中文 |

Newsroom

Ionic Phases of Ammonia-rich Hydrate Discovered at High Densities

Jan 11, 2021

A research team has studied the spontaneous ionization of Ammonia hemihydrate (AHH) under compression and discovered Ionic Phases of Ammonia-Rich Hydrate at high densities.

The team was consisted of researchers from the Hefei Institute of Solid-state Physics (ISSP) of the Hefei Institutes of Physical Science (HFIPS), University of Edinburgh, and the Center for High Pressure Science & Technology Advanced Research and the results of this study were recently published in Physical Review Letters.

Mixtures of ammonia and water are major components of the "hot ice" mantle regions of icy planets. AHH plays a pivotal role as it precipitates from water-rich mixtures under pressure.

The team compressed an exemplary ammonia-water compound to over 1.2 million atmospheres, corresponding to a depth of  about 9,870/8,085 kilometers inside Uranus/Neptune, and tracked its structural and dynamical properties. The calculations demonstrated that the compressed mixture transforms into a very stable ammonium oxide, (NH4+)2O2-.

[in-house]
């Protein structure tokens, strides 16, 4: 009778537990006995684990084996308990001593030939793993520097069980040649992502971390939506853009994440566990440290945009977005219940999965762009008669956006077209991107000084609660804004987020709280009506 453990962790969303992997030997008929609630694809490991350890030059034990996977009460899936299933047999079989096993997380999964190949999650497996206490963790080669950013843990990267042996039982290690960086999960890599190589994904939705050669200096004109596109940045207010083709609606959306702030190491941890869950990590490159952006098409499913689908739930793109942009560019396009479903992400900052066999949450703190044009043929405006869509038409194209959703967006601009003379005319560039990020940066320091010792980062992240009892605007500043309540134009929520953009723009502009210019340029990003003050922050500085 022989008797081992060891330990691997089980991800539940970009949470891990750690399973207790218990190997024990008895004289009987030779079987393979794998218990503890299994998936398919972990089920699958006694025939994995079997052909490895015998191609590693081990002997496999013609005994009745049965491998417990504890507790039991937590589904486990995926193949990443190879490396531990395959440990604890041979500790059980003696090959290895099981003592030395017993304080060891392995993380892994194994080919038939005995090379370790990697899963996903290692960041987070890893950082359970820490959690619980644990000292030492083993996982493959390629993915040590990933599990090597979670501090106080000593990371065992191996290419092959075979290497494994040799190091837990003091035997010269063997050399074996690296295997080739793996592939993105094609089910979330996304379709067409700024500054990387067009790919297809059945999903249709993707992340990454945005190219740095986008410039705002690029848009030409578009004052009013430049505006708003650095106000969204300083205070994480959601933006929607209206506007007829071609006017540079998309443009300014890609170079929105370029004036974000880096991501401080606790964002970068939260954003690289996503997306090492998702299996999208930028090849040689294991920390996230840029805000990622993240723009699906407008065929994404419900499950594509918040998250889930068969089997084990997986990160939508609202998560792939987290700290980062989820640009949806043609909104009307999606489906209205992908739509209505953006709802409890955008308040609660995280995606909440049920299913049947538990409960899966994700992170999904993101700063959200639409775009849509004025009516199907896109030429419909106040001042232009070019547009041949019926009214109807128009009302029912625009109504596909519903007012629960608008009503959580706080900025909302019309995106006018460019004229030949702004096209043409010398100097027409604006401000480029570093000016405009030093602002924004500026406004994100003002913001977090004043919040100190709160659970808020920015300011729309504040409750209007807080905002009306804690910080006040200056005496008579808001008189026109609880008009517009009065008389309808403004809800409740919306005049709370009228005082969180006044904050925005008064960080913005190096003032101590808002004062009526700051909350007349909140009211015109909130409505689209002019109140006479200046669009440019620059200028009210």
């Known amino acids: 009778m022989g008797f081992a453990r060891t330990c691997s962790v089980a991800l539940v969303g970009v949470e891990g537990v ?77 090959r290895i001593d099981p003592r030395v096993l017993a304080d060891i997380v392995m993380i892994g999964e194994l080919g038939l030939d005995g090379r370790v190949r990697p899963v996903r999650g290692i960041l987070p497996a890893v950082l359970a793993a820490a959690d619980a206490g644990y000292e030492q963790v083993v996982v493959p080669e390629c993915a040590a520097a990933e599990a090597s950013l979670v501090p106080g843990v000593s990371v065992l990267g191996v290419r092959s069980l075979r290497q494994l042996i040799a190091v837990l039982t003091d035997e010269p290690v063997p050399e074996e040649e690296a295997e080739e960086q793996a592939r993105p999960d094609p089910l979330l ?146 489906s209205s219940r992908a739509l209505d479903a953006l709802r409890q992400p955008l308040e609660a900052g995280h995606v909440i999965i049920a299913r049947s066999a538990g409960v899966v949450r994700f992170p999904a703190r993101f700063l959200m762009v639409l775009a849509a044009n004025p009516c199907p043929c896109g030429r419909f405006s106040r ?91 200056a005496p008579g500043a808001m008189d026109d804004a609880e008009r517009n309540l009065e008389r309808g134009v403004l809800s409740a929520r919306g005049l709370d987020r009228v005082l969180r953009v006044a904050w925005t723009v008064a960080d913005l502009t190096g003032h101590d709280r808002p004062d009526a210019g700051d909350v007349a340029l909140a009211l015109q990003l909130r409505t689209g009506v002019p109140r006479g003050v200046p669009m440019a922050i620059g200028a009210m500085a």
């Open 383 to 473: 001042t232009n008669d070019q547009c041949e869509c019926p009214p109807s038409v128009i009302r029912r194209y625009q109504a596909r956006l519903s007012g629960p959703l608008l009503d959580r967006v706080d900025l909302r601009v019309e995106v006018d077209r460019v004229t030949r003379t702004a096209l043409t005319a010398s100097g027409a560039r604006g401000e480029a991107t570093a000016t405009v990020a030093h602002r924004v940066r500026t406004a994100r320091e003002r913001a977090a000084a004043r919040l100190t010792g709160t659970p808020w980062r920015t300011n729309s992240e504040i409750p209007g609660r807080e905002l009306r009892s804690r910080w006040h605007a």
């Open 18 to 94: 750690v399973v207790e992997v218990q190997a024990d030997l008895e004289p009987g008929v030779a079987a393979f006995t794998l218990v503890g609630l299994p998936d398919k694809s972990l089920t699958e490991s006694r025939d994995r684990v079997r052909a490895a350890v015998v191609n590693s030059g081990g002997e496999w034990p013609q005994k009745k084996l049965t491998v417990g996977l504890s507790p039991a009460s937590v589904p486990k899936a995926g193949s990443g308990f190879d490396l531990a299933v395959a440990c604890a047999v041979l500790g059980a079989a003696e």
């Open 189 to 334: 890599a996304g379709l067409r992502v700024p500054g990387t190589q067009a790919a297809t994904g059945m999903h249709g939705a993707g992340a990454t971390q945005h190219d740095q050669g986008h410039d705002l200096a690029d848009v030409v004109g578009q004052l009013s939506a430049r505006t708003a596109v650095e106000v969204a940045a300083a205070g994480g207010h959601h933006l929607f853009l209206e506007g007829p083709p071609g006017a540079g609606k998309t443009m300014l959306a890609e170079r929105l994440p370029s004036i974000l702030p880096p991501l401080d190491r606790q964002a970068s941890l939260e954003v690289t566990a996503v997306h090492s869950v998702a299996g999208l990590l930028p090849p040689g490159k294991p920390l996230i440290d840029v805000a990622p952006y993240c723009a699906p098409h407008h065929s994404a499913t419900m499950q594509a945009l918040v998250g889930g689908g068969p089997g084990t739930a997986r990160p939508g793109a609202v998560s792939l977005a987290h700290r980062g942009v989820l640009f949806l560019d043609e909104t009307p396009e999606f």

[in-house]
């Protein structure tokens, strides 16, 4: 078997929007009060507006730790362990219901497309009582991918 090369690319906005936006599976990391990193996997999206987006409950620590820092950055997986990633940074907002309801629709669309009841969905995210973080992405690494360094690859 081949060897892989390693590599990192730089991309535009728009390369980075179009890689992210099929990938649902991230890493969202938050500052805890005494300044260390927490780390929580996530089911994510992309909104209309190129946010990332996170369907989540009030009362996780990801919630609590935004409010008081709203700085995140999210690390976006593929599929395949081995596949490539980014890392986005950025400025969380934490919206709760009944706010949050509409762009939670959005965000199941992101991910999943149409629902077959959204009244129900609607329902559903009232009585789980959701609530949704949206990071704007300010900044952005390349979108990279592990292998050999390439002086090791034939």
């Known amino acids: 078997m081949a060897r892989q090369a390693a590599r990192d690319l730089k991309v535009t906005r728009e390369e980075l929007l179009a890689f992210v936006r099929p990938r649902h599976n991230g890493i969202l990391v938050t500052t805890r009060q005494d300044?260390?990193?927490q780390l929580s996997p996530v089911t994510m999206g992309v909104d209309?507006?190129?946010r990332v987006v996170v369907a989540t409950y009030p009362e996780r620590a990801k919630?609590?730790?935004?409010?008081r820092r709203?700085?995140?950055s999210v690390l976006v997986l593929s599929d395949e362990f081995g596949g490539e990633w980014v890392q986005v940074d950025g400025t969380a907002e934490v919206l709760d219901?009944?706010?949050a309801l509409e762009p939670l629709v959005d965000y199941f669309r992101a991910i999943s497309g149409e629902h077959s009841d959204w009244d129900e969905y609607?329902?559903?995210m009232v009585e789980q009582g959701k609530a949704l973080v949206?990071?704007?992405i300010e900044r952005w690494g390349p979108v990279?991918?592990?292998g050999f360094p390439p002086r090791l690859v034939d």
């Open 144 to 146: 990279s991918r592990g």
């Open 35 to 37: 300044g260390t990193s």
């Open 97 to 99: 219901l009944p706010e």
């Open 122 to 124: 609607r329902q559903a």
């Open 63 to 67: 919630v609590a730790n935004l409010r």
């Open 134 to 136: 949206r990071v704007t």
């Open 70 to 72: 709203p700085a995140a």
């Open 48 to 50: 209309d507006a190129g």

The presence of such a stable ionic compound deep inside icy planets will influence our understanding about such planets' formation and evolution to the present day. These intriguing ionic phases can exist over a considerably wide pressure region hence greatly extend the phase diagram of AHH.

This work was supported by the National Natural Science Foundation of China, Innovation Grant of the Chinese Academy of Sciences, the Science Challenge Project, and the HFIPS Director's Fund et al.

 

The proposed phase diagram of AHH based upon this Letter and low-pressure data from Wilson et al. For the experimental data, different colors depict different phases, and different filled symbols represent different runs. (Image by XU Wan) 

Contact

ZHAO Weiwei

Hefei Institutes of Physical Science

E-mail:

Ionic Phases of Ammonia-Rich Hydrate at High Densities

Related Articles
Contact Us
  • 86-10-68597521 (day)

    86-10-68597289 (night)

  • 86-10-68511095 (day)

    86-10-68512458 (night)

  • cas_en@cas.cn

  • 52 Sanlihe Rd., Beijing,

    China (100864)

Copyright © 2002 - Chinese Academy of Sciences